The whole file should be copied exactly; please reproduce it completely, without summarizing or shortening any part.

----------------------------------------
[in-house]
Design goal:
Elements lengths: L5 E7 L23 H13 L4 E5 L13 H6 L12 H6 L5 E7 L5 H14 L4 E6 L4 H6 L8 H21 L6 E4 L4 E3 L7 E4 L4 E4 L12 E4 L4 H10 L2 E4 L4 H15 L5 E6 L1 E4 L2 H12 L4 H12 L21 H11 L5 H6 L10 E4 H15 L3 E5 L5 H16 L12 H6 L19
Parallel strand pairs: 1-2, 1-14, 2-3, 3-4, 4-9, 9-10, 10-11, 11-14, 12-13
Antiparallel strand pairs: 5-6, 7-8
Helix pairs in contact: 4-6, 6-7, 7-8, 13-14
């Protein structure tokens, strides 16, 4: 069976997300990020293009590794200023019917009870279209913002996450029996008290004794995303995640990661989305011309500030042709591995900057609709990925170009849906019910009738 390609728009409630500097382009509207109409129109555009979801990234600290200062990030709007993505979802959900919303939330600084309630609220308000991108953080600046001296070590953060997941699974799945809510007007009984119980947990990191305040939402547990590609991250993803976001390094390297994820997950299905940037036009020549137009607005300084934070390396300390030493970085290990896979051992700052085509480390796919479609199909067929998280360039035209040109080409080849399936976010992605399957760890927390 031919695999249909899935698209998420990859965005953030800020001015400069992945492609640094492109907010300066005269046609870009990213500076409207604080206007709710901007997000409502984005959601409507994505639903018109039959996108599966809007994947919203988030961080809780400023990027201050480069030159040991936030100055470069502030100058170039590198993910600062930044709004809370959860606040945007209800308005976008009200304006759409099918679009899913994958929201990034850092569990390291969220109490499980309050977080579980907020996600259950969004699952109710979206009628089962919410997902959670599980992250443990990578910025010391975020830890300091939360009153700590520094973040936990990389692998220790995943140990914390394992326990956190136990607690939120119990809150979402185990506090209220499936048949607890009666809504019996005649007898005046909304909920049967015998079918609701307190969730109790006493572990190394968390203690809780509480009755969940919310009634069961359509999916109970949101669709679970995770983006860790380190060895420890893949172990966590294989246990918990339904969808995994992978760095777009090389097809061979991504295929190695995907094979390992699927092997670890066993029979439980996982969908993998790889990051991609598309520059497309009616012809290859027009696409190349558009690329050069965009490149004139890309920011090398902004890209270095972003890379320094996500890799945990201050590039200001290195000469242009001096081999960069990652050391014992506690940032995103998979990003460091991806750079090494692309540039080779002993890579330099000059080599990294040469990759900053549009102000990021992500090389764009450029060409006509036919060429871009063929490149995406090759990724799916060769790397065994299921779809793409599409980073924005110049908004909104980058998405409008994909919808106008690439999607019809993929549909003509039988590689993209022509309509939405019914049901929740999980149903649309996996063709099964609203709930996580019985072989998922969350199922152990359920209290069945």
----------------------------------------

[in-house]
Design goal:
Elements lengths: L5 E7 L23 H13 L4 E5 L13 H6 L12 H6 L5 E7 L5 H14 L4 E6 L4 H6 L8 H21 L6 E4 L4 E3 L7 E4 L4 E4 L12 E4 L4 H10 L2 E4 L4 H15 L5 E6 L1 E4 L2 H12 L4 H12 L21 H11 L5 H6 L10 E4 H15 L3 E5 L5 H16 L12 H6 L19
Parallel strand pairs: 1-2, 1-14, 2-3, 3-4, 4-9, 9-10, 10-11, 11-14, 12-13
Antiparallel strand pairs: 5-6, 7-8
Helix pairs in contact: 4-6, 6-7, 7-8, 13-14
């Protein structure tokens, strides 16, 4: 069976997300990020293009590794200023019917009870279209913002996450029996008290004794995303995640990661989305011309500030042709591995900057609709990925170009849906019910009738 390609728009409630500097382009509207109409129109555009979801990234600290200062990030709007993505979802959900919303939330600084309630609220308000991108953080600046001296070590953060997941699974799945809510007007009984119980947990990191305040939402547990590609991250993803976001390094390297994820997950299905940037036009020549137009607005300084934070390396300390030493970085290990896979051992700052085509480390796919479609199909067929998280360039035209040109080409080849399936976010992605399957760890927390 031919695999249909899935698209998420990859965005953030800020001015400069992945492609640094492109907010300066005269046609870009990213500076409207604080206007709710901007997000409502984005959601409507994505639903018109039959996108599966809007994947919203988030961080809780400023990027201050480069030159040991936030100055470069502030100058170039590198993910600062930044709004809370959860606040945007209800308005976008009200304006759409099918679009899913994958929201990034850092569990390291969220109490499980309050977080579980907020996600259950969004699952109710979206009628089962919410997902959670599980992250443990990578910025010391975020830890300091939360009153700590520094973040936990990389692998220790995943140990914390394992326990956190136990607690939120119990809150979402185990506090209220499936048949607890009666809504019996005649007898005046909304909920049967015998079918609701307190969730109790006493572990190394968390203690809780509480009755969940919310009634069961359509999916109970949101669709679970995770983006860790380190060895420890893949172990966590294989246990918990339904969808995994992978760095777009090389097809061979991504295929190695995907094979390992699927092997670890066993029979439980996982969908993998790889990051991609598309520059497309009616012809290859027009696409190349558009690329050069965009490149004139890309920011090398902004890209270095972003890379320094996500890799945990201050590039200001290195000469242009001096081999960069990652050391014992506690940032995103998979990003460091991806750079090494692309540039080779002993890579330099000059080599990294040469990759900053549009102000990021992500090389764009450029060409006509036919060429871009063929490149995406090759990724799916060769790397065994299921779809793409599409980073924005110049908004909104980058998405409008994909919808106008690439999607019809993929549909003509039988590689993209022509309509939405019914049901929740999980149903649309996996063709099964609203709930996580019985072989998922969350199922152990359920209290069945």